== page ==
He could take a dump on his desk in the oval office on live TV and there is probably NOTHING. We. Can. DO!

There is no opposition party.

No one is going to vote for Trump-lite.

This is not an opinion. It is a demonstrable fact. Just look back at freakin’ November!

Almost a million people signed a petition for Ellison. He won the backing of key unions – including the Teamsters, steelworkers, Communications Workers of America, and UNITE HERE. He won the backing of key activist groups including Democracy for America, 350.Org, the Center for Popular Democracy, MoveOn.Org, the Working Families Party, the Progressive Change Campaign Committee, and others. He was supported by notable progressives like Senator Elizabeth Warren, Rev. Jesse Jackson, Zephyr Teachout, Gloria Steinem, Walter Mondale, and Dolores Huerta ( co-founder of the United Farm Workers). He won over left-leaning publications like The Nation, whose editorial board wrote, “It is Ellison who combines the ideals, skills, and movement connections that will revitalize the party.”

Yet he lost by 35 votes to Perez.

When it came down to the 447 party insiders actually eligible to vote, Perez won by 235 to 200 (not counting abstentions).

If the DNC were a child, I would praise them for making progress. But it’s not a child. It’s supposed to be a national political party that can put up a robust challenge to the neo-facist in the White House!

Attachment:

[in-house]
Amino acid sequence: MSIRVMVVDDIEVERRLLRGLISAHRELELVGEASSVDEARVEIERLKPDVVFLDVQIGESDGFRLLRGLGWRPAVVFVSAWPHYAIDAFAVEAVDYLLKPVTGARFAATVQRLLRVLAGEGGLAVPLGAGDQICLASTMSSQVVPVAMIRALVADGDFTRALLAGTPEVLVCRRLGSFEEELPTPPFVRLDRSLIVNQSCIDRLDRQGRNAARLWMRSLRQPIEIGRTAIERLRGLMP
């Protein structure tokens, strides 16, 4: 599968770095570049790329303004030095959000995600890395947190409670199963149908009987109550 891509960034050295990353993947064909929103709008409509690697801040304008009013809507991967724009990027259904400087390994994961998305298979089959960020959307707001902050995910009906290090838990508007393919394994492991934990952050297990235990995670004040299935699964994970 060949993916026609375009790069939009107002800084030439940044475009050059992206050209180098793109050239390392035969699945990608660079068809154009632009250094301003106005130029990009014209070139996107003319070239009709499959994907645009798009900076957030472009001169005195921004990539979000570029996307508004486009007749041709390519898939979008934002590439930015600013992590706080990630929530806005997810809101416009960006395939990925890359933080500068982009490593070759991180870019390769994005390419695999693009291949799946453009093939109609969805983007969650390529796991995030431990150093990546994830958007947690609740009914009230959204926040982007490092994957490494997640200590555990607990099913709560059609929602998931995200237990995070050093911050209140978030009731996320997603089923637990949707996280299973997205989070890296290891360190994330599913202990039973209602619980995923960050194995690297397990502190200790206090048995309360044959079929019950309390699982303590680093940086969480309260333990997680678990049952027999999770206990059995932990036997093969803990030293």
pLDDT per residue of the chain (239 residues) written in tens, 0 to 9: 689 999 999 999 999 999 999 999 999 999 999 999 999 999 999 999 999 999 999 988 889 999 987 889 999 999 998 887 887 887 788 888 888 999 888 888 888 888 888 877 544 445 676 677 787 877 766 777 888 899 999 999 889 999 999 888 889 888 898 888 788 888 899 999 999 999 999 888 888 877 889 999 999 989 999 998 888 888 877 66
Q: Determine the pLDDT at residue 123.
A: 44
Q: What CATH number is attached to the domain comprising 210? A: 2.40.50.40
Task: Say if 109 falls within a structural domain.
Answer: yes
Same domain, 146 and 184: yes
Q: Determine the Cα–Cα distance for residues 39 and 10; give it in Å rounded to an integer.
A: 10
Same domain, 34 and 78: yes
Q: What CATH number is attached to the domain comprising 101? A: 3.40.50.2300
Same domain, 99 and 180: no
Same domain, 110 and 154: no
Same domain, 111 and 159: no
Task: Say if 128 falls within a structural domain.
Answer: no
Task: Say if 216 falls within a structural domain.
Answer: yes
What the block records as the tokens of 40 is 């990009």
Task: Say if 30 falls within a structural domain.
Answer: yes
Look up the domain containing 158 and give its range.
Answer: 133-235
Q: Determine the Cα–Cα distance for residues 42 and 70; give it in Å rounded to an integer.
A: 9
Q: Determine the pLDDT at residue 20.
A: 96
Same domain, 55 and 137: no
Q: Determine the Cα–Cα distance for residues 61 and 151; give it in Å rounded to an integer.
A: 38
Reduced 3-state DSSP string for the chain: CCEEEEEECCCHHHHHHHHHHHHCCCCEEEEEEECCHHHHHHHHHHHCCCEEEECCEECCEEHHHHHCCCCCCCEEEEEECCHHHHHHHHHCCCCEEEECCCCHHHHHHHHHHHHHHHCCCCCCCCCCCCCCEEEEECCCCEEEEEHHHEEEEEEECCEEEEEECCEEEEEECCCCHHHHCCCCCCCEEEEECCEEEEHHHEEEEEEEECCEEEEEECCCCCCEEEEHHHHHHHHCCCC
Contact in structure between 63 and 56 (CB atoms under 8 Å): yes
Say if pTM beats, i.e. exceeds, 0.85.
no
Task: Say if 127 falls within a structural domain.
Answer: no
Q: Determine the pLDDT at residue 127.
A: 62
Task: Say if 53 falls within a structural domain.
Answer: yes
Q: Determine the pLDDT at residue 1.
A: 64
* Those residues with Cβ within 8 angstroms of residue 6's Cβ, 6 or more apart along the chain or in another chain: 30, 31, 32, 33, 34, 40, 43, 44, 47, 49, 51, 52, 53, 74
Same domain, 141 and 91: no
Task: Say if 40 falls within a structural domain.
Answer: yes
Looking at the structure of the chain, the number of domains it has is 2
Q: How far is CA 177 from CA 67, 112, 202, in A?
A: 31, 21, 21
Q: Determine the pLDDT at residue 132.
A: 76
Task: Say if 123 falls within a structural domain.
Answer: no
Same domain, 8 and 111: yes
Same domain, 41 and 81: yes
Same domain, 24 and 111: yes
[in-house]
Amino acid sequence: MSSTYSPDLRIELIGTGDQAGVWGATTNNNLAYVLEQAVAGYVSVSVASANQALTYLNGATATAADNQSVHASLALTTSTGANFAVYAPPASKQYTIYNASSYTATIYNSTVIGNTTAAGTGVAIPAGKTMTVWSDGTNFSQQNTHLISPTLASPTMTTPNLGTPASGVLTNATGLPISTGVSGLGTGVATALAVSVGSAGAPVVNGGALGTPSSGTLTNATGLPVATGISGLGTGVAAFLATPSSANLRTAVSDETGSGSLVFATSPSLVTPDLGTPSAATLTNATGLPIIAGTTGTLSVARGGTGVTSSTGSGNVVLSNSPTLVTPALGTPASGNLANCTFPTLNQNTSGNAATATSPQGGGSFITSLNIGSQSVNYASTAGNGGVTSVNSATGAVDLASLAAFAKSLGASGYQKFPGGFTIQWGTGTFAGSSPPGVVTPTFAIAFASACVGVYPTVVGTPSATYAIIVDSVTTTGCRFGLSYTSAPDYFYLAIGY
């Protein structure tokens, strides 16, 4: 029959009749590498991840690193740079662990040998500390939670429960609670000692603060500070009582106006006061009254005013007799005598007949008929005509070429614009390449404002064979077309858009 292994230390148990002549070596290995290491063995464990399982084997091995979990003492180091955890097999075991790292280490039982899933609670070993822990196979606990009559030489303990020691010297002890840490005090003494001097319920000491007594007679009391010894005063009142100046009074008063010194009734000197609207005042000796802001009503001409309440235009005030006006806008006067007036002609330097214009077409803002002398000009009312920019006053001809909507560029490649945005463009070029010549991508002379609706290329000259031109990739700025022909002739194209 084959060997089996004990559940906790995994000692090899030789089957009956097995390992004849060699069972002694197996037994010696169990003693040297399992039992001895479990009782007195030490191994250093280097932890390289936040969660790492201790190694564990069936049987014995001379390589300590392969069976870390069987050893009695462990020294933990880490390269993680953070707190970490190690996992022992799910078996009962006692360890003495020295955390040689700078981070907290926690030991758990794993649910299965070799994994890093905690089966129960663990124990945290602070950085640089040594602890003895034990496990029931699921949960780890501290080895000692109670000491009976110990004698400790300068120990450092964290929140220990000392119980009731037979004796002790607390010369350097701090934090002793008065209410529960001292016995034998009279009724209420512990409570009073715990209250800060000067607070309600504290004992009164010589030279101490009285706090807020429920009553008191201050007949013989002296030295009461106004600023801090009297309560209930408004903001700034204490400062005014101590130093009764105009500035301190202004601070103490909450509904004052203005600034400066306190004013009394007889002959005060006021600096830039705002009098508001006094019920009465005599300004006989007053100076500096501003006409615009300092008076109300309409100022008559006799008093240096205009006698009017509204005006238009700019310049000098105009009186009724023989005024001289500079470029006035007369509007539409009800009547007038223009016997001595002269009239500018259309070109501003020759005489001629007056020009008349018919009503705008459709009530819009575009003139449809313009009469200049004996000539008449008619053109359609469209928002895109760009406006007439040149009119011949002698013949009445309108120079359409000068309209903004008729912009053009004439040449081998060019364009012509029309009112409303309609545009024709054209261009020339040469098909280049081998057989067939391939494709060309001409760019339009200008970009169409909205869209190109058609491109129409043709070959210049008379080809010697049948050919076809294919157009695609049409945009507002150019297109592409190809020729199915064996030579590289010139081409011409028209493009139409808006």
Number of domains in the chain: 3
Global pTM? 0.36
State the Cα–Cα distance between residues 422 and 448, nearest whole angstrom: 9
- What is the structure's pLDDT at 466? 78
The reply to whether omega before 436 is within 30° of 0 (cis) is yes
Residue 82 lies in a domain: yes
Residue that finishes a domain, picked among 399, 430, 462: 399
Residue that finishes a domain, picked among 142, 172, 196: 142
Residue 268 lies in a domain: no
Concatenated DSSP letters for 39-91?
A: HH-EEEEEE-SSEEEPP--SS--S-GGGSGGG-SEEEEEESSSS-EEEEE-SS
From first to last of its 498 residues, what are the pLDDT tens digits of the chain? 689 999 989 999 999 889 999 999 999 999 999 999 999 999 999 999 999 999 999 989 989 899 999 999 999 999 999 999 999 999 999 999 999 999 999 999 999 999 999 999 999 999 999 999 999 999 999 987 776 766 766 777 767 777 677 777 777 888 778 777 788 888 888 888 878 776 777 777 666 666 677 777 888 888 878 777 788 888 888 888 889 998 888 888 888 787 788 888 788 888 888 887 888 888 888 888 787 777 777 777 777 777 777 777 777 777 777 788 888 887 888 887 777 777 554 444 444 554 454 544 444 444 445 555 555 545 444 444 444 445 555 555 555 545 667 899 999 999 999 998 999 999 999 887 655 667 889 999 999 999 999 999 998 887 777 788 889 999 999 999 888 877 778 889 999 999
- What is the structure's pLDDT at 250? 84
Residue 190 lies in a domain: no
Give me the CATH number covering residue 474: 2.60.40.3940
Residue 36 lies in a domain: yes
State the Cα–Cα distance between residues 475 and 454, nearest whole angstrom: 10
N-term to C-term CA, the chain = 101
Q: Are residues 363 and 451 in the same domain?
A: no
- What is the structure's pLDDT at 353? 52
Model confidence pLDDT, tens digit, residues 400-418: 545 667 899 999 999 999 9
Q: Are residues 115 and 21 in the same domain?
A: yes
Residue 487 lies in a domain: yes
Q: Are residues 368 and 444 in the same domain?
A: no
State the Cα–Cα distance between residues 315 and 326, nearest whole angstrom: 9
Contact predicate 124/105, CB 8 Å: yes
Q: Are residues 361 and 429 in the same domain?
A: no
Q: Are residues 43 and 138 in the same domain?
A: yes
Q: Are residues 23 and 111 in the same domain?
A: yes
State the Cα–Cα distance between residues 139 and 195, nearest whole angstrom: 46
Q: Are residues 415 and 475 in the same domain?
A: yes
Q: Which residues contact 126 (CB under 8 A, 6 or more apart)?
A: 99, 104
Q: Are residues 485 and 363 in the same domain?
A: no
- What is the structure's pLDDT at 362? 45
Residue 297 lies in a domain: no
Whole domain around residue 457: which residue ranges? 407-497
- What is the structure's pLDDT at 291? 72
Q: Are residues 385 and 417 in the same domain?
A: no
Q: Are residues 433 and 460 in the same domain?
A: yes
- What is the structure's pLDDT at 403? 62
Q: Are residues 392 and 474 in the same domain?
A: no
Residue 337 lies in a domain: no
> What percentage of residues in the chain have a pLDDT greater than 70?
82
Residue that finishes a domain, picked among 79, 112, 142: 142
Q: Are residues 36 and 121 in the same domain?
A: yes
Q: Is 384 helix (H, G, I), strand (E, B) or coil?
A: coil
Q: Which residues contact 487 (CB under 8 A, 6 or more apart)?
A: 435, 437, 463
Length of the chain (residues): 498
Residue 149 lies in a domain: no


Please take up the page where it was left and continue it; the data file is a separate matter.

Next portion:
This is completely unacceptable. And party leaders know it.

That’s why Perez immediately made Ellison his co-chair.

Good try, but too little, too late.

Perez, not Ellison, will be in charge of key decisions about the future of the party. As party chairman, he holds the balance on the makeup of the DNC Unity Reform Commission.

Were you one of millions of Americans who thought the party’s use of superdelegates during the primary was undemocratic? Well this is the commission that can eliminate them.

Sanders and Clinton delegates at the DNC convention in Philadelphia this summer clashed over these issues until Clinton agreed to let the matter be decided later by creating this group. It was a way to avoid a floor debate at that time and unify the party.

Clinton’s team gets to name nine members of the commission, and Sanders’ team gets seven. Now, Perez, as DNC chair, will control three additional votes. For those of you counting at home, that’s a 12-7 majority on the commission for the corporate Democrats. So superdelegates won’t be going anywhere. So if you want a Democratic party that is more democratic and more responsive to rank-and-file Democrats, well you can just stuff it.

Of course, all that’s in the future. How can we know now that Perez and other Democratic leaders won’t commit themselves to reform anyway?

Because of how else they voted at yesterday’s convention in Atlanta.

Before voting for Perez, they actually decided to vote down a resolution that would have reinstated former President Barack Obama’s ban on corporate political action committee donations to the party.